This thesis, by Ceri Houlbrook, has been submitted to the University of Manchester in 2014 for the degree of Doctor of Philosophy in the Faculty of Humanities. It is entitled 'Coining the Coin-Tree: Contextualising a contemporary British custom', and it offers an archaeological and ethnographic examination of the coin-tree custom, which is essentially what its name suggests: the practice of inserting coins into trees. These trees are often in the form of logs or stumps, and they are commonly located beside well-traversed footpaths in rural/semi-rural areas. The custom can be traced back to the 1860s in Scotland, but has experienced a late 20th/early 21st-century renaissance, with clusters of coin-trees emerging across England, Wales, Scotland, Northern Ireland, and the Republic of Ireland. No previous academic attempt has been made to either catalogue these structures or contextualise the practice; it is the aim of this thesis, therefore, to do both. Proffering a catalogue of 197 individual coin-trees distributed across 34 sites (detailed in the appendices), this thesis draws on a wide range of resources in order to elucidate the custom: literary works, both historical and contemporary; the empirical data of the coin-trees themselves; and the ethnographic material of over 200 participant interviews. The history of the custom is traced, including a consideration of why it has experienced a recent resurgence - particularly at a time popularly conceived of as a 'secular age'. The questions of how and why people participate are examined in detail, revealing a mutability to the 'meaning' of the custom, and a consideration of the future and heritage of the coin-tree structures themselves is also offered. The thesis closes with a suppositional vignette: what would an archaeologist find if she uncovered a coin-tree site in the future? How would she interpret the remains? And what does this reveal about archaeological methodologies, ritual interpretations, and the relationship between folklore and material culture?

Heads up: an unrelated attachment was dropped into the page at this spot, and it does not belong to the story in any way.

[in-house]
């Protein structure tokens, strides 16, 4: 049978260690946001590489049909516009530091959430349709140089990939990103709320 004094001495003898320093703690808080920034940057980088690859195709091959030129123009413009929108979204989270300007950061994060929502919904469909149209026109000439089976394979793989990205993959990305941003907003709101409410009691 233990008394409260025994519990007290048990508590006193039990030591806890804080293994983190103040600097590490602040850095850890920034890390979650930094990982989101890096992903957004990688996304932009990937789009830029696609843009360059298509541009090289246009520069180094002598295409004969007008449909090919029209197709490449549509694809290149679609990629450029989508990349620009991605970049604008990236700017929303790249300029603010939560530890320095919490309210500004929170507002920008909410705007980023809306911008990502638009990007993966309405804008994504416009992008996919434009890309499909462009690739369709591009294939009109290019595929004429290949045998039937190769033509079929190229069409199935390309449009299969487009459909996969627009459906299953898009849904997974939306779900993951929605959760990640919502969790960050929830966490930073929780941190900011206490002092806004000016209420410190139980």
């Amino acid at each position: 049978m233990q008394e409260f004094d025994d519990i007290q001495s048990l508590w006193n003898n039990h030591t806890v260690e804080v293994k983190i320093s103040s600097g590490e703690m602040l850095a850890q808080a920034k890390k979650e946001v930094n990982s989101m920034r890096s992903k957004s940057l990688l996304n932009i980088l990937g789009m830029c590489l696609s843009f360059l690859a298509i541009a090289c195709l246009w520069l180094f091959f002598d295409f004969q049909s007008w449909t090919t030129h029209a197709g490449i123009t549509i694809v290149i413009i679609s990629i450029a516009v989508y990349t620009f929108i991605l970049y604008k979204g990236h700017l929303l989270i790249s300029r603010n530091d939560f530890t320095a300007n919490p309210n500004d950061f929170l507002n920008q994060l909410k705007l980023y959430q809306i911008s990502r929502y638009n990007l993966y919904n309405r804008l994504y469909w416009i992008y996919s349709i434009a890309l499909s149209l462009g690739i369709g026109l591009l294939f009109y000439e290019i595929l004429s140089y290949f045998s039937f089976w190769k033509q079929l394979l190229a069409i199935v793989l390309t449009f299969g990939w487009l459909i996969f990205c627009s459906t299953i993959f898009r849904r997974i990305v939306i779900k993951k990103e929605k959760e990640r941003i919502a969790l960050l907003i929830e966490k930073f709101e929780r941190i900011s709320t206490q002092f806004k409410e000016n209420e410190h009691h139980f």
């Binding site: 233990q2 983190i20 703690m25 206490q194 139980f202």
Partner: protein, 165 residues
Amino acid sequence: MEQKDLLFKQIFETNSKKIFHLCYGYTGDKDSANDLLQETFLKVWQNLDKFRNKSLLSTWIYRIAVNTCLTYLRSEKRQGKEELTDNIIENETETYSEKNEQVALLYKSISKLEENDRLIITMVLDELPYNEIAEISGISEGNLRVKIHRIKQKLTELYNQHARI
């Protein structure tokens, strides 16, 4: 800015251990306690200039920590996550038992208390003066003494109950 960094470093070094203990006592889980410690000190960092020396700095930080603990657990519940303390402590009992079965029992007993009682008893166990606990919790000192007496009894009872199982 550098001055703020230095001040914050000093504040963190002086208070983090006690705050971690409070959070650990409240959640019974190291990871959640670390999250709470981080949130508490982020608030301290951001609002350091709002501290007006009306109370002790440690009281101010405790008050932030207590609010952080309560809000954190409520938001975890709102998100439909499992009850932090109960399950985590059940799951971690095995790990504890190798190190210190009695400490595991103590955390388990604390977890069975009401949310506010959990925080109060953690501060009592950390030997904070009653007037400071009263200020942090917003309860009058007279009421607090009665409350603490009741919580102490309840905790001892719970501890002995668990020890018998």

|Date of Award||31 Dec 2014|
- The University of Manchester
|Supervisor||Timothy Insoll (Supervisor) & Petra Tjitske Kalshoven (Supervisor)|
- Contemporary custom
- Folklore archaeology